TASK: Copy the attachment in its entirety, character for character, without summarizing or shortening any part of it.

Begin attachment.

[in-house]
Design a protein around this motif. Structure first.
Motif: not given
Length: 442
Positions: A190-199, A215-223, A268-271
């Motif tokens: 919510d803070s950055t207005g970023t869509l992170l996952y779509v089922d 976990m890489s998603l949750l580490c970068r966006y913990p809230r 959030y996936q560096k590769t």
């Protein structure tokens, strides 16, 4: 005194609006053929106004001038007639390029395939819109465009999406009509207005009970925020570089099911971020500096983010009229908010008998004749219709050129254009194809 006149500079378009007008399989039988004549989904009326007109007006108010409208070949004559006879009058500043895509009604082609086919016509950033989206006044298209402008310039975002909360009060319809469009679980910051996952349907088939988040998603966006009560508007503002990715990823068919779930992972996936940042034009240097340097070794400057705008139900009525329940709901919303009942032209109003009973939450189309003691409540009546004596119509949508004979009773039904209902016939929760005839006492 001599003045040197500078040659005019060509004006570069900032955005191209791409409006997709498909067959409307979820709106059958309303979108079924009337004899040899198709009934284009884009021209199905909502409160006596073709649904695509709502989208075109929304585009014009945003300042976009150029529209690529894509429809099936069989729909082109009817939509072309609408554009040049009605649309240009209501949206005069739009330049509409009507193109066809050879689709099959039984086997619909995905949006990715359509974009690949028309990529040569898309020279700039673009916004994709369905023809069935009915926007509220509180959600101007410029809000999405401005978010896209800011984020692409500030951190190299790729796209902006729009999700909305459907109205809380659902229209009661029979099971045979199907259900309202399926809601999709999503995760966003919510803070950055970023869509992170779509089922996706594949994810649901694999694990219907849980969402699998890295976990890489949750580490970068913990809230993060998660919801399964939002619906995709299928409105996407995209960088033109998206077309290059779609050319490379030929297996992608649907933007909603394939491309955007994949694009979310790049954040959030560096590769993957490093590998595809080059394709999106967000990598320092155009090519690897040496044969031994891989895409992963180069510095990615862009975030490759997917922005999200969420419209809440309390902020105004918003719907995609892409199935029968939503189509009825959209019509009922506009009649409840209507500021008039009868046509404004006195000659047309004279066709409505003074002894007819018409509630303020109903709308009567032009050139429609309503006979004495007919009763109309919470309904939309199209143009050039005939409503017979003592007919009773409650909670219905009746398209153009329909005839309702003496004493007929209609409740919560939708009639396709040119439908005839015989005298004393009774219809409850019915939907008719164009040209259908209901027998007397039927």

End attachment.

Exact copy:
[in-house]
Design a protein around this motif. Structure first.
Motif: not given
Length: 442
Positions: A190-199, A215-223, A268-271
């Motif tokens: 919510d803070s950055t207005g970023t869509l992170l996952y779509v089922d 976990m890489s998603l949750l580490c970068r966006y913990p809230r 959030y996936q560096k590769t």
């Protein structure tokens, strides 16, 4: 005194609006053929106004001038007639390029395939819109465009999406009509207005009970925020570089099911971020500096983010009229908010008998004749219709050129254009194809 006149500079378009007008399989039988004549989904009326007109007006108010409208070949004559006879009058500043895509009604082609086919016509950033989206006044298209402008310039975002909360009060319809469009679980910051996952349907088939988040998603966006009560508007503002990715990823068919779930992972996936940042034009240097340097070794400057705008139900009525329940709901919303009942032209109003009973939450189309003691409540009546004596119509949508004979009773039904209902016939929760005839006492 001599003045040197500078040659005019060509004006570069900032955005191209791409409006997709498909067959409307979820709106059958309303979108079924009337004899040899198709009934284009884009021209199905909502409160006596073709649904695509709502989208075109929304585009014009945003300042976009150029529209690529894509429809099936069989729909082109009817939509072309609408554009040049009605649309240009209501949206005069739009330049509409009507193109066809050879689709099959039984086997619909995905949006990715359509974009690949028309990529040569898309020279700039673009916004994709369905023809069935009915926007509220509180959600101007410029809000999405401005978010896209800011984020692409500030951190190299790729796209902006729009999700909305459907109205809380659902229209009661029979099971045979199907259900309202399926809601999709999503995760966003919510803070950055970023869509992170779509089922996706594949994810649901694999694990219907849980969402699998890295976990890489949750580490970068913990809230993060998660919801399964939002619906995709299928409105996407995209960088033109998206077309290059779609050319490379030929297996992608649907933007909603394939491309955007994949694009979310790049954040959030560096590769993957490093590998595809080059394709999106967000990598320092155009090519690897040496044969031994891989895409992963180069510095990615862009975030490759997917922005999200969420419209809440309390902020105004918003719907995609892409199935029968939503189509009825959209019509009922506009009649409840209507500021008039009868046509404004006195000659047309004279066709409505003074002894007819018409509630303020109903709308009567032009050139429609309503006979004495007919009763109309919470309904939309199209143009050039005939409503017979003592007919009773409650909670219905009746398209153009329909005839309702003496004493007929209609409740919560939708009639396709040119439908005839015989005298004393009774219809409850019915939907008719164009040209259908209901027998007397039927």